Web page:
Is your neighbor’s fence moving farther and farther onto your property every year? Did they build a shed that infringes on your yard? Did they put up a fence that blocks your view of the neighborhood? Unfortunately, these scenarios occur every day with even the friendliest of neighbors. If you have a dispute that can’t be rectified, keep reading to find out how to protect your property and yourself best.
Get familiar with concepts like Property and Boundary lines. These lines can be a physical boundary like a body of water or road. Other times they’re just arbitrary lines that are more difficult to define. A property line dispute occurs when one party claims land beyond the boundaries of their property line.
This is easier said than done in many instances, but it should almost always be the first step if you’re on speaking terms with a neighbor, especially if the amount of land in question is small—like a fence that infringes on your property. Litigation can be expensive. Asking your neighbor to move a fence or even offering to help them rebuild a small portion can be cheap and easy.
You may need to gather deeds, plat maps, title work, appraisals, property surveys, and other documentation that can prove your claim and convince your neighbor that you’re in the right. If the issue at hand involves a more significant portion of land, land of high value or your neighbor is not willing to budge, and you may have no other choice than to gather those materials and seek an outside party.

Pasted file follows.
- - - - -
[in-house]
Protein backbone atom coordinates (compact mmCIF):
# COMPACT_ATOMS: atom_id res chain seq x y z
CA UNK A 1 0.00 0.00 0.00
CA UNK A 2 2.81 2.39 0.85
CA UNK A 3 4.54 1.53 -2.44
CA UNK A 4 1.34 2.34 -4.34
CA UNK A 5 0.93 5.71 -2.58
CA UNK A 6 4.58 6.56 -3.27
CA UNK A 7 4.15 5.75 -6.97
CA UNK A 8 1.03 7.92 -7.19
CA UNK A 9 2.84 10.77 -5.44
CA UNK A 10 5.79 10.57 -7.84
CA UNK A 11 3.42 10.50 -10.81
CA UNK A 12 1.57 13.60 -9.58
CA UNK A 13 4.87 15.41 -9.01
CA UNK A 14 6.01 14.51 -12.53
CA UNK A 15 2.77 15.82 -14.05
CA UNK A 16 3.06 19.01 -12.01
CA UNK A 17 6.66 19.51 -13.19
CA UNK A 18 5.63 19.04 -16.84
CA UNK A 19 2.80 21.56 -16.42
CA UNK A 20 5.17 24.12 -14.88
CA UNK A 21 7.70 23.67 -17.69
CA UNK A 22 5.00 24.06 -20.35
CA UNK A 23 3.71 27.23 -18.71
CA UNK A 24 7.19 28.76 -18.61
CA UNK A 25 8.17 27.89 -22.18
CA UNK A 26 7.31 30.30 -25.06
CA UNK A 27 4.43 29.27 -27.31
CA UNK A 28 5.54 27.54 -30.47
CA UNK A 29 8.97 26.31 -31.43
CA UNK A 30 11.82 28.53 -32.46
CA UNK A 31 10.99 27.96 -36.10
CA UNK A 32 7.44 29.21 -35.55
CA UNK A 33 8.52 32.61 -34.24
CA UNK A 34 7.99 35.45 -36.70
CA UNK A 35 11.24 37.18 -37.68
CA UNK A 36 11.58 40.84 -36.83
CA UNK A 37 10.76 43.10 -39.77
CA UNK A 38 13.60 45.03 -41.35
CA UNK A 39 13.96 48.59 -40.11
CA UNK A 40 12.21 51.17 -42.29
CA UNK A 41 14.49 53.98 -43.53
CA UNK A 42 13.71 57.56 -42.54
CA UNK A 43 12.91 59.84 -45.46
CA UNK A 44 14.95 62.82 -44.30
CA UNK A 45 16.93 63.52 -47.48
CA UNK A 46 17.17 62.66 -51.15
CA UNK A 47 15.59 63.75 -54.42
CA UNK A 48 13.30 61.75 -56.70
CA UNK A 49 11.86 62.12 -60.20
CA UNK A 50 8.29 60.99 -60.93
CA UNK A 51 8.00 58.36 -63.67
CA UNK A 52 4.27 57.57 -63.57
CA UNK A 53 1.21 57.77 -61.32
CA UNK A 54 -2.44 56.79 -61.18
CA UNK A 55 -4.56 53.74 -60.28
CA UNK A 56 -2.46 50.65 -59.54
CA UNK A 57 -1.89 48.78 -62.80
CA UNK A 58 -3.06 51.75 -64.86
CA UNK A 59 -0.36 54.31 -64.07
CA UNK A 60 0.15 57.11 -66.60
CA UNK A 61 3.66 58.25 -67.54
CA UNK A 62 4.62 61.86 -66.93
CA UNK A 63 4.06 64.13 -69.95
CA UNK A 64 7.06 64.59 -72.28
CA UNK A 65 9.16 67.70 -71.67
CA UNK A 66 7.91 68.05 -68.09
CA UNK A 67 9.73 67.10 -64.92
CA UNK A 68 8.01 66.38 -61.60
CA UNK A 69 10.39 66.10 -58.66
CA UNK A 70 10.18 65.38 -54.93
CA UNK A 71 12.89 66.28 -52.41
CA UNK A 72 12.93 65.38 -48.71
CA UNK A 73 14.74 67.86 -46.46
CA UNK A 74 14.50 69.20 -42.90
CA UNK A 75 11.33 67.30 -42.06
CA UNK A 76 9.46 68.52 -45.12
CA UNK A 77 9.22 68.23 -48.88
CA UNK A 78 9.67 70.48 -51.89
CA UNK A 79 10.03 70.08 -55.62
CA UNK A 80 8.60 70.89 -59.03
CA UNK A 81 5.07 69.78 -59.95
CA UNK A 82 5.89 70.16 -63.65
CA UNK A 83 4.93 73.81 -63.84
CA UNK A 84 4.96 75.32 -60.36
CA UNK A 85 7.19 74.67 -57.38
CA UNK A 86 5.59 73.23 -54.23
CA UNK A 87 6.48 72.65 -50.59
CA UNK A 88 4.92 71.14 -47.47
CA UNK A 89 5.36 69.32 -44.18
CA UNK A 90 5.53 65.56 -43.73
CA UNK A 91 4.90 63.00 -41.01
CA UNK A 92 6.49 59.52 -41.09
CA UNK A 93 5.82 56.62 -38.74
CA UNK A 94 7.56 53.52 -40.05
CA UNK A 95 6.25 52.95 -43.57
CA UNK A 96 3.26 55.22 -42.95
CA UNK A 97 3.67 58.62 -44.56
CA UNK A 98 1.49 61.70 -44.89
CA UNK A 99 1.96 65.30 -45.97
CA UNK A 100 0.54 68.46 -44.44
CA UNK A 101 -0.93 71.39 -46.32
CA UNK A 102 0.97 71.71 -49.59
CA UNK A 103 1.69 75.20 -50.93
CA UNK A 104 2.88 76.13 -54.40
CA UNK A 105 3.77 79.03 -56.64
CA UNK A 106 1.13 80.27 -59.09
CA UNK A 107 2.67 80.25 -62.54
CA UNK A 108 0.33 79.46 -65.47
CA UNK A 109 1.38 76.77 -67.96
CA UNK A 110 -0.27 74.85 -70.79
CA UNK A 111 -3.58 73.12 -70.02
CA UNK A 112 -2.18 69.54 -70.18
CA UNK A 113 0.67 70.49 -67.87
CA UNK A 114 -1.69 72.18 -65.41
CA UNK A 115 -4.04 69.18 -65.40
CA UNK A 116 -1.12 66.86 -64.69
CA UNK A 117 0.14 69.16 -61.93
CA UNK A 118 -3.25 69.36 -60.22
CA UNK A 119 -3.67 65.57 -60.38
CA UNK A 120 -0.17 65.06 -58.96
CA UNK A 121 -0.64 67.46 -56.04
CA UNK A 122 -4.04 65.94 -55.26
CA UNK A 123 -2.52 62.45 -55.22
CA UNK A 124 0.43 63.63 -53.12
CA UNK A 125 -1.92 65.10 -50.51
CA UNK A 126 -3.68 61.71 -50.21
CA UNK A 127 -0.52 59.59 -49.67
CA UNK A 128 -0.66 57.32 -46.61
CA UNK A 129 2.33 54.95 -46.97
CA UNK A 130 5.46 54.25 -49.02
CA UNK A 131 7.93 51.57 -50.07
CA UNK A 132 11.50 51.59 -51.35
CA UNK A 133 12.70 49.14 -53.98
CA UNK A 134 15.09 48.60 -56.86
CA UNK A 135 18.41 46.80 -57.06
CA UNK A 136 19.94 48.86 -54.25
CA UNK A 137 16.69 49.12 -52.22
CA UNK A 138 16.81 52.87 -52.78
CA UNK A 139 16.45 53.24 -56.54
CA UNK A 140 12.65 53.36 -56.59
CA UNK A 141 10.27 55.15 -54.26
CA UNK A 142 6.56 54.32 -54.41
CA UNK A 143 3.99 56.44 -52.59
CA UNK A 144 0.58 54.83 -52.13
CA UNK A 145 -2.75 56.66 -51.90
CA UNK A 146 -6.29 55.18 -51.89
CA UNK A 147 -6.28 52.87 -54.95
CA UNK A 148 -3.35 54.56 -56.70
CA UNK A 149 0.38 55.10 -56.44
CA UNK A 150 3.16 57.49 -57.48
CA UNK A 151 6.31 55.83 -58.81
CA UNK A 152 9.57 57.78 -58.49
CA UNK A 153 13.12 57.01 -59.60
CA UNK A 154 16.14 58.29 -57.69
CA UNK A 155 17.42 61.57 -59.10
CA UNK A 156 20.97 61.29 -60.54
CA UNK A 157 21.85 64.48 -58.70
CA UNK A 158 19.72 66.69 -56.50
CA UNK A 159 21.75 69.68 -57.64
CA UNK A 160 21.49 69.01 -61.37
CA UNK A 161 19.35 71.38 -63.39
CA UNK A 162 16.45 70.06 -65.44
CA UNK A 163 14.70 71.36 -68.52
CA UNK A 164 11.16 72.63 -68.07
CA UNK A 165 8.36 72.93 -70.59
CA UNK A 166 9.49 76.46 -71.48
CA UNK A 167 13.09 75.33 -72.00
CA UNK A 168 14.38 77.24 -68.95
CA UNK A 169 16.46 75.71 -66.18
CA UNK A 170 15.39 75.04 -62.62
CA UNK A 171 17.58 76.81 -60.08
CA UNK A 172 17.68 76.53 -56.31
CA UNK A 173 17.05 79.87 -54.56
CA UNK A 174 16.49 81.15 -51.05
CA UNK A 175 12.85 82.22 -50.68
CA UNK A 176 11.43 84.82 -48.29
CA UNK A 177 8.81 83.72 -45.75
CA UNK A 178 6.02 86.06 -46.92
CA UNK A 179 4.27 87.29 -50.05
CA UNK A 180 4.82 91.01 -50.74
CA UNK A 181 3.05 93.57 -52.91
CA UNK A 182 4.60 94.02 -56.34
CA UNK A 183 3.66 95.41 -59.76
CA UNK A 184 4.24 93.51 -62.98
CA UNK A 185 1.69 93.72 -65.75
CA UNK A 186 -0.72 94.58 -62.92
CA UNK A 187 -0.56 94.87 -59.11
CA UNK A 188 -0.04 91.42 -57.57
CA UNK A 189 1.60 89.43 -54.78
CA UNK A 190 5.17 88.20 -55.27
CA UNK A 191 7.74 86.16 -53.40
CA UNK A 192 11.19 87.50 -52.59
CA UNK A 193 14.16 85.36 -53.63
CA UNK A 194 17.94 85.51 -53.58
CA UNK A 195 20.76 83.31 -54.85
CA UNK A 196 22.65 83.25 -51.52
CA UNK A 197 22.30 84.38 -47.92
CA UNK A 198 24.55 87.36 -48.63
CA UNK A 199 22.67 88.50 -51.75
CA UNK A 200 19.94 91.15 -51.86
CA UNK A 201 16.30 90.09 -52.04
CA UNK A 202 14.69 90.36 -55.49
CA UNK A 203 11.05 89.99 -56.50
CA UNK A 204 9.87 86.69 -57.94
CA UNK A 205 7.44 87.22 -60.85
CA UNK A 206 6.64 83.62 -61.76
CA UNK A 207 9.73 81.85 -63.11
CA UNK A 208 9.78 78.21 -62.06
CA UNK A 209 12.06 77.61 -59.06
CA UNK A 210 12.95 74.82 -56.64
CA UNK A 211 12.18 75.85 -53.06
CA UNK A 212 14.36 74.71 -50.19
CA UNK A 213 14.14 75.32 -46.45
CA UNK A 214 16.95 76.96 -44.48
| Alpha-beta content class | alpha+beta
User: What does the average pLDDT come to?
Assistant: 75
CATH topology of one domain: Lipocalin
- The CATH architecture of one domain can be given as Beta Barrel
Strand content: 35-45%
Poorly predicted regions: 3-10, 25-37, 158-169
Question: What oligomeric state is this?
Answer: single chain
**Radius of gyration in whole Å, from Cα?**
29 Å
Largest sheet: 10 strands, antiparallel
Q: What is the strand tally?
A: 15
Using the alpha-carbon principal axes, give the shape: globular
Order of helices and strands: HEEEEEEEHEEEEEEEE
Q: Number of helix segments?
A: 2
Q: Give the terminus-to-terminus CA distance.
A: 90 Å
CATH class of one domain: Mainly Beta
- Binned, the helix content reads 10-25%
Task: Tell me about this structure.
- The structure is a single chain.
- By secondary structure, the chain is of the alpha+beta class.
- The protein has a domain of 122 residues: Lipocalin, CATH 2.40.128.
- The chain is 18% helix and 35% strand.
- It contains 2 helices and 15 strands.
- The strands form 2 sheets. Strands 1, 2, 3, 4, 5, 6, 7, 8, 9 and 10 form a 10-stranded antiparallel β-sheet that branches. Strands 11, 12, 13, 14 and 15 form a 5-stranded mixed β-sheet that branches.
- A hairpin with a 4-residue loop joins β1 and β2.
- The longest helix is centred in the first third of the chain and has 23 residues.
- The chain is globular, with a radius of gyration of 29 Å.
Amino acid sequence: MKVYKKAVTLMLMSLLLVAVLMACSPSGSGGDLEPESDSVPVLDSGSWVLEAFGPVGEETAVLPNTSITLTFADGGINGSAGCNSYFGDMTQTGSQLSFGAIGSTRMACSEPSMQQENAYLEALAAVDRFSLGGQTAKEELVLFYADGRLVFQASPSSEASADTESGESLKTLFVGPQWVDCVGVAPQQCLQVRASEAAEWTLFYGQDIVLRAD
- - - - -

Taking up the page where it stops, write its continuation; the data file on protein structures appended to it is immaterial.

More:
A mutually beneficial agreement between you and your neighbor can close the issue without needing to press the matter. If this occurs, you should hire a land dispute attorney to sign the deed and promptly file it with the county recorder to close the issue. If you’ve almost agreed to terms but can’t entirely close the deal, bringing in a mediator is the right decision. They’ll look at both sides and come to a fair settlement without breaking either party’s bank.
If no one is budging and an agreement can’t be met, you’ve got to protect yourself. A letter from an attorney familiar with real estate and property line disputes can shed light on legal issues that may have been cast over in the previous discussions. When your neighbor recognizes that the problem won’t go away, they may be more likely to budge.
Before the issue progresses to court, your attorney can tell you whether or not your evidence and arguments are substantial. If they are, your attorney will prepare for legal briefs and continue research efforts. In many cases, both parties choose to settle before court. This usually allows for a fair settlement that prevents bad-blood between neighbors (and expensive court costs).